New Roush Simulation Lab Eliminates Need For Actual Road Tests | Performance Racing Industry
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New Roush Simulation Lab Eliminates Need For Actual Road Tests
June 3, 2019
The new $6 million purpose-built durability and road simulation test facility allows businesses to test the structural reliability of vehicles and vehicle components early in the product design timeline.
New Roush Simulation Lab Eliminates Need For Actual Road Tests

Roush has announced a new, $6 million purpose-built durability and road simulation test facility—which is the first of its kind, according to the company—that allows businesses to test the structural reliability of vehicles and vehicle components early in the product design timeline.

“Roush’s investment in the Roush Advanced Durability Lab ensures products in the development phase live up to users’ expectations,” said Jeff Johnston, president of testing services for Roush. “It gives us the unique capability to serve our customers at subsystem, component and full vehicle levels.”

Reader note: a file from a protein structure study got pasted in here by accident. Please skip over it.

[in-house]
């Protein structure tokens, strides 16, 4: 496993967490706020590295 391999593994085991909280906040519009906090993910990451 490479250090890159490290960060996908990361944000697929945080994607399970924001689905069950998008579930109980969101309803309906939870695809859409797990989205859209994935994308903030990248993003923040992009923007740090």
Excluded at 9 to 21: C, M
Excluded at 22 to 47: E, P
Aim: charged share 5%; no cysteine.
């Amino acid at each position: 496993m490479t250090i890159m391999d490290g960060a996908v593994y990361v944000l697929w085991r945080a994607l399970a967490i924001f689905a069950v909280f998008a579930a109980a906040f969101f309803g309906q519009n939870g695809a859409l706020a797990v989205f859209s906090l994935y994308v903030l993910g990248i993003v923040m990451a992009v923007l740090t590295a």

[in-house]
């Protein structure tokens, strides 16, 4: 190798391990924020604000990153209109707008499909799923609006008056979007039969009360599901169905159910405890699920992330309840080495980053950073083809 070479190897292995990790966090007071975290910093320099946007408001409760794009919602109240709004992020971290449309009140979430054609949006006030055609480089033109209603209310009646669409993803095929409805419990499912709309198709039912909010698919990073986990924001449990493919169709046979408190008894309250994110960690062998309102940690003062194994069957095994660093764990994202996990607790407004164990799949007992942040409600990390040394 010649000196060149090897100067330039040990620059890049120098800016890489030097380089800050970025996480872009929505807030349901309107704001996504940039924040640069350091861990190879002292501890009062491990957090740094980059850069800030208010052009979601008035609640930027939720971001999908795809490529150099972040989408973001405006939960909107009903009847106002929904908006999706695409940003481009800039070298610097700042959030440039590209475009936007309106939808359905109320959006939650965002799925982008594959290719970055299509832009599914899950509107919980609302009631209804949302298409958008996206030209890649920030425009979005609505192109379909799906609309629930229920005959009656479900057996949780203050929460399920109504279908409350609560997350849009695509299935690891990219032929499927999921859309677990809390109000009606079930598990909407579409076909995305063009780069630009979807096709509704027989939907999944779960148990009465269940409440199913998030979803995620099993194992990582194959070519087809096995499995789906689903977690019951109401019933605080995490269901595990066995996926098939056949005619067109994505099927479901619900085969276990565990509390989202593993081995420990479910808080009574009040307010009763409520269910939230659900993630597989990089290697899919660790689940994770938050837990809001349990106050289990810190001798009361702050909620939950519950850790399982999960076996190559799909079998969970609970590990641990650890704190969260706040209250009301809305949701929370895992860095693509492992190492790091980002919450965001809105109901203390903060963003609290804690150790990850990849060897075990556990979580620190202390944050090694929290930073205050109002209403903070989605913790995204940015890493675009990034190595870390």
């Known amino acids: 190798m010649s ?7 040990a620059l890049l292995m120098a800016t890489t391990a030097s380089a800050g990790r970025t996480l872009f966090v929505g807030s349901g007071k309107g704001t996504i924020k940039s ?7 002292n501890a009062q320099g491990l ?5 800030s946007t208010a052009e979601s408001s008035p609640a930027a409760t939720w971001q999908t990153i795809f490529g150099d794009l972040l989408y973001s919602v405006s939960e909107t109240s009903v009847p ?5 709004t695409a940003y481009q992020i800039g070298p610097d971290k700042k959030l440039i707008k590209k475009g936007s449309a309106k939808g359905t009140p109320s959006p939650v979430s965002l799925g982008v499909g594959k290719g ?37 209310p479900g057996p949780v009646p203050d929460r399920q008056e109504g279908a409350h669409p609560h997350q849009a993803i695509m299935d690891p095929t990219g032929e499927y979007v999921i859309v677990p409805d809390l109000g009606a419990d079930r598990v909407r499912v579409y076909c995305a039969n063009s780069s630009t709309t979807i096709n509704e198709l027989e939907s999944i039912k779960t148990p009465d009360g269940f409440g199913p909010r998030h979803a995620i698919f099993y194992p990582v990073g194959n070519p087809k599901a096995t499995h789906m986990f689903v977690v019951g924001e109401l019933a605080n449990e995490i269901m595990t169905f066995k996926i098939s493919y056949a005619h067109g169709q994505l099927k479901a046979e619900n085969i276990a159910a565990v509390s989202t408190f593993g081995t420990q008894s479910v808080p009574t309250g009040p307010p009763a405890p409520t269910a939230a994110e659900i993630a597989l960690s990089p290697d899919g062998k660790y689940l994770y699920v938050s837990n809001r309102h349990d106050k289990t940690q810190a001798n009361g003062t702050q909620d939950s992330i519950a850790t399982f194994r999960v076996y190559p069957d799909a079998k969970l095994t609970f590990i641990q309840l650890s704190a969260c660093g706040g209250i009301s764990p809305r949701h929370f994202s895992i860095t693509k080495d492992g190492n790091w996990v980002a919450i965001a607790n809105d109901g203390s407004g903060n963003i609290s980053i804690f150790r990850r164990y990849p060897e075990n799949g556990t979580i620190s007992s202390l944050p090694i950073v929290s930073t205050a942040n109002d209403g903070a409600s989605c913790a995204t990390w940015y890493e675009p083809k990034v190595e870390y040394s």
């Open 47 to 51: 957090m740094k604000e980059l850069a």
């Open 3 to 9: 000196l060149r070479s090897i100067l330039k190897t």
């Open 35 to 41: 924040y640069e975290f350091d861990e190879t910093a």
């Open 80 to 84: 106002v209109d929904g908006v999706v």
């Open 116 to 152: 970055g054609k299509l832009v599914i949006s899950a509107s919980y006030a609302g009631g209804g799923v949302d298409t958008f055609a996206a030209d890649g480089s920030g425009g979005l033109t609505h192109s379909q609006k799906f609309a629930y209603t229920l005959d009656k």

The Roush Advanced Durability Lab acts as a full vehicle road simulator that eliminates the need to drive vehicles on a proving ground. It recreates real-world forces and motions while reducing total durability test time.

The lab’s technology also features the world’s only contract six-degree-of-freedom (6-DOF) test rig, according to Roush, which means there are six parameters or ways that the device can move to simulate the complex, nonlinear events that are required for meaningful durability road simulation.

“As modern vehicle technology continues to advance, so does the testing,” Johnston said. “Roush can engineer and release solutions to any issues found during real-time simulation, which will save customers money, provide faster testing cycles and get products to market faster.”

Features of the full-service lab include 2,500-square-feet of bedplate for vehicles; sub-system and component durability testing; private, isolated control rooms; central 450 gallons-per-minute hydraulic pump; and a cooling tower.

“Roush’s expansion adds a new servo-hydraulic infrastructure that enables a myriad of other testing applications, including component durability, calibration and test-to-failure,” said Johnston.

The facility, located in Roush’s Building 11 in Livonia, Michigan, is now available to customers in the automotive, electric vehicle, autonomous and more industries.

For more information, visit roush.com.